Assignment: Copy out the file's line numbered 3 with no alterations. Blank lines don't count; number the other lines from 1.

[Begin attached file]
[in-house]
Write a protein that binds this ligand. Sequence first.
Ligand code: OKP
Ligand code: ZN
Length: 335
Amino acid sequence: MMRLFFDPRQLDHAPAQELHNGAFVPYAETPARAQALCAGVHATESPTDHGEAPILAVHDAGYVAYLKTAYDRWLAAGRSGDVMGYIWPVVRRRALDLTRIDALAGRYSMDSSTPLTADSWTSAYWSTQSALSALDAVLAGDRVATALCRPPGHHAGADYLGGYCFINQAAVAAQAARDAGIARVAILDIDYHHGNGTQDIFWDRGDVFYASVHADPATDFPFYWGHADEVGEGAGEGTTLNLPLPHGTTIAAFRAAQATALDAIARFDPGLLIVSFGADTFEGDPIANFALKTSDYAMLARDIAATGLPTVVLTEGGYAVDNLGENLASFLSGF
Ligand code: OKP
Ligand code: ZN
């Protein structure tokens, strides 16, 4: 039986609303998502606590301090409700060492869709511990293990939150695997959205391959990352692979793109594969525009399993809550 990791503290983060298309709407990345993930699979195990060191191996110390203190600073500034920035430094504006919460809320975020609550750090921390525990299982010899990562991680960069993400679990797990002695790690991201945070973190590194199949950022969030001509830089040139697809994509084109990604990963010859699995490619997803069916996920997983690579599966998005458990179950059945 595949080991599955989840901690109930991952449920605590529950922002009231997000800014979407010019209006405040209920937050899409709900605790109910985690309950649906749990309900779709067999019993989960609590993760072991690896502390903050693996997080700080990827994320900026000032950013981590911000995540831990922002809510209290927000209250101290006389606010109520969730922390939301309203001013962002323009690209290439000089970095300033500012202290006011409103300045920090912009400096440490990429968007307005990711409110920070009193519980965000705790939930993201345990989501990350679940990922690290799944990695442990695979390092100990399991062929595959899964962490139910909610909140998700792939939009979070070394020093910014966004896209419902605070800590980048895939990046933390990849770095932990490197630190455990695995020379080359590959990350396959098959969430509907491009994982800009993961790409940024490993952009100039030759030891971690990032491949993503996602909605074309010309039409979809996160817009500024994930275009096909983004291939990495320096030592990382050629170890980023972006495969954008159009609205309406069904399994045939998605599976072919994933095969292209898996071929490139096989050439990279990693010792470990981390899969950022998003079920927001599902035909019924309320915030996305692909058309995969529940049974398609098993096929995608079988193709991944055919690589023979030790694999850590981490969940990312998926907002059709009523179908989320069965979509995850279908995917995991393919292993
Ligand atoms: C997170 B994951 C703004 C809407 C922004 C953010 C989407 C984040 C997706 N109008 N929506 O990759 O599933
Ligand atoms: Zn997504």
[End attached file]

Ligand code: OKP